This short briefing paper explores the potential effects of the economic crisis with respect to immigration across European Union Member States, and outlines how policymakers might respond to changing patterns of migrant inflows and outflows, and the consequences of the downturn on immigrants and their host communities.
This report seeks to understand and predict the potential impact of the economic crisis that began in December 2007 on legal and illegal immigration flows to and from the United States, and the likely effects of an economic downturn on the labor market performance of immigrants.
Report looks at E-Verify, the internet-based program operated by the Department of Homeland Security (DHS) in partnership with the Social Security Administration (SSA). The program gives employers a means to electronically verify the work eligibility of newly-hired employees.
The Middle East and Northern Africa (MENA) and Europe appear to be an ideal demographic match: the former has a large supply of young, active workers, and the latter has a shortage of the youthful, skilled or unskilled labor it needs to sustain its economic competitiveness. MENA is the source of 20 million first-generation migrants, half of them now living in another MENA country and most of the rest in Europe. The region also hosts around the same number within its borders. In addition, the size of MENA’s working-age population will continue to rise sharply in the next two decades while the corresponding segment of the population in Europe will soon start to decline.
In the next two decades, the world will face two major — and opposing — demographic challenges: rapid population growth and rapid population aging. In an increasingly economically interdependent world, policymakers will simultaneously face a strain on resources caused by population growth and a shortage of labor spurred by the graying of the population.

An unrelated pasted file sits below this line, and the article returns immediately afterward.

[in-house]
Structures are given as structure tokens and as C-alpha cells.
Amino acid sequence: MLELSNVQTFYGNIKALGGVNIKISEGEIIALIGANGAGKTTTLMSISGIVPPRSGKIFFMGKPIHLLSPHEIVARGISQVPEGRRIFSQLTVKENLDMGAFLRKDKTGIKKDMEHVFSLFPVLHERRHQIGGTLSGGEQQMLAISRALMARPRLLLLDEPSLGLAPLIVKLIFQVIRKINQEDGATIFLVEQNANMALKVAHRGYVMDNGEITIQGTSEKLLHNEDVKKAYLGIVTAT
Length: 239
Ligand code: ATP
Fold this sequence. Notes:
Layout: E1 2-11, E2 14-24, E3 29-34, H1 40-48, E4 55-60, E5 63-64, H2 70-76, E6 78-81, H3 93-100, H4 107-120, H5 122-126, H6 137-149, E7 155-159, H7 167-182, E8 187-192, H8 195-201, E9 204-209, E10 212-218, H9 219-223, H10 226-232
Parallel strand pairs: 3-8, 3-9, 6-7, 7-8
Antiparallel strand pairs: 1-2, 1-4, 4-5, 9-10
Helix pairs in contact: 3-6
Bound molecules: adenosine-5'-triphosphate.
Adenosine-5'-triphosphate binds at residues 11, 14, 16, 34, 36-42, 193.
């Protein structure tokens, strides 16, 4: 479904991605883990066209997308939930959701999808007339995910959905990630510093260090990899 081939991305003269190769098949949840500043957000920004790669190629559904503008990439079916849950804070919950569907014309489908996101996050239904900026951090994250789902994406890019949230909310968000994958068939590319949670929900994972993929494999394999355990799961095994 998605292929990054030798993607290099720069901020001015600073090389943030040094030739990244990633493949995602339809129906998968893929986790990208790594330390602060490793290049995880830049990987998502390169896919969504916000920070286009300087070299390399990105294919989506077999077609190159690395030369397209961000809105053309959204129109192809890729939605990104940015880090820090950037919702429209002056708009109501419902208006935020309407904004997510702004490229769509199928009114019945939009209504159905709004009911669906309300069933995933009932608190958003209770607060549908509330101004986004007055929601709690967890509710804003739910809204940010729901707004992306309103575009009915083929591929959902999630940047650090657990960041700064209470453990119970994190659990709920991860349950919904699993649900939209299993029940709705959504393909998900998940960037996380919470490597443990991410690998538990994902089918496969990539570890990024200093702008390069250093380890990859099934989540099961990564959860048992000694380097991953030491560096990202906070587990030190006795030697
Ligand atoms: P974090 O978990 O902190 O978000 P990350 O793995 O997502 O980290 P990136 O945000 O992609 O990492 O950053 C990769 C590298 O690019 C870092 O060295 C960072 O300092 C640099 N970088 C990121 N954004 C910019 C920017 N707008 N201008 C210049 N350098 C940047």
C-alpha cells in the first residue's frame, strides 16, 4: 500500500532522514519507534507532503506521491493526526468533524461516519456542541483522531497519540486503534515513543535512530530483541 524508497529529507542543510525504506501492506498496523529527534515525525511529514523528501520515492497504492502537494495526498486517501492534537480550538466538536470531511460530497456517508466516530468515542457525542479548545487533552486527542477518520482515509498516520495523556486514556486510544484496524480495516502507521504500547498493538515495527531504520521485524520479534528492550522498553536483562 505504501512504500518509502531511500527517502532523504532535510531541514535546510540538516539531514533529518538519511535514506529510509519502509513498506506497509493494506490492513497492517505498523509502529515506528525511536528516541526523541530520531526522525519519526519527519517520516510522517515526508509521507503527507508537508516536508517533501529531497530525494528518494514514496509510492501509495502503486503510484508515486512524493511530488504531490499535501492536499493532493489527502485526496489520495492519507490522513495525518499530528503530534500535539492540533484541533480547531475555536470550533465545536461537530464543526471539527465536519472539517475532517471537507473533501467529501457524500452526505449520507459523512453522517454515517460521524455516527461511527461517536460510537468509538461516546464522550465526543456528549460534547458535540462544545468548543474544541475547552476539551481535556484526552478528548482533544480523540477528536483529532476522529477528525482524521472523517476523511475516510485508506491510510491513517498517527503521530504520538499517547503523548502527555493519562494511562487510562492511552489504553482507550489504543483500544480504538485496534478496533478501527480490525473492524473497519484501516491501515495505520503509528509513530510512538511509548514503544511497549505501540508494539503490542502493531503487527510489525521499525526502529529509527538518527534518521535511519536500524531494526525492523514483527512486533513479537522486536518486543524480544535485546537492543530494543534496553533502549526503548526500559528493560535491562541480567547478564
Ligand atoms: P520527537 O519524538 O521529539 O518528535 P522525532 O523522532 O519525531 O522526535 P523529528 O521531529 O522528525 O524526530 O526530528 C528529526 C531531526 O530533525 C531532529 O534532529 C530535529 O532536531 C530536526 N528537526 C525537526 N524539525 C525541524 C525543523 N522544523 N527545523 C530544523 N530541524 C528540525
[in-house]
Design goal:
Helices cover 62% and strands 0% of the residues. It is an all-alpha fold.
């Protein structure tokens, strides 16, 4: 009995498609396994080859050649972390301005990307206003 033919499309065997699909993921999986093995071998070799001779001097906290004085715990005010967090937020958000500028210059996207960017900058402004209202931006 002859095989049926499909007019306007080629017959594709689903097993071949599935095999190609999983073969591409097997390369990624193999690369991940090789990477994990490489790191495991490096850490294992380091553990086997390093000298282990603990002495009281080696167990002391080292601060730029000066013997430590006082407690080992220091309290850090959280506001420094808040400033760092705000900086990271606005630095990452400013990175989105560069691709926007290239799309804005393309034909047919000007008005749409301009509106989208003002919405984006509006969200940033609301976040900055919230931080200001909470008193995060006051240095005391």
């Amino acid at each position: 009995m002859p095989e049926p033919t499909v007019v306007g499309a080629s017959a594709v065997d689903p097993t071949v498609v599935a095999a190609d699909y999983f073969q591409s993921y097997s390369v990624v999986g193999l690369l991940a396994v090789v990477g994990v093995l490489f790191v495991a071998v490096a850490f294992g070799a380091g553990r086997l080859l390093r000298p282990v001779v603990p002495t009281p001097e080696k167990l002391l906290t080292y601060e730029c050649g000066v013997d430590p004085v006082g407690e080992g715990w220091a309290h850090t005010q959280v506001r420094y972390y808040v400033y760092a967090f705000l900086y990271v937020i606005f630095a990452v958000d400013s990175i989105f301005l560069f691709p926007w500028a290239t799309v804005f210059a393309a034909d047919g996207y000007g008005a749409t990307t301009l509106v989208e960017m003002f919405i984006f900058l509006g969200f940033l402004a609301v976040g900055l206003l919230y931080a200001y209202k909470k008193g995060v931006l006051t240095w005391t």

This report explores the need for nations to adjust their thinking and policy toward attracting the coveted elite class of highly skilled global talent as emerging and middle-income countries increasingly attempt to woo back their nationals and engage their diaspora to help move their economy forward.
This report traces the evolution of the link between international study and skilled migration, outlines policy methods that OECD countries are using to recruit and retain international students, identifies policy challenges through a close examination of existing policies and trends, and predicts how the economic recession will affect future international student flows.
The Migration Policy Institute (MPI), in conjunction with a research team at the New York University (NYU) School of Law, is cataloguing legislation introduced and/or enacted by state legislatures to regulate immigrants and immigration.
This pocket guide compiles some of the most credible, accessible, and user-friendly government and non-governmental data sources pertaining to U.S. and international migration. The guide also includes additional links to relevant organizations, programs, research, and deliverables, along with a glossary of frequently used immigration terms.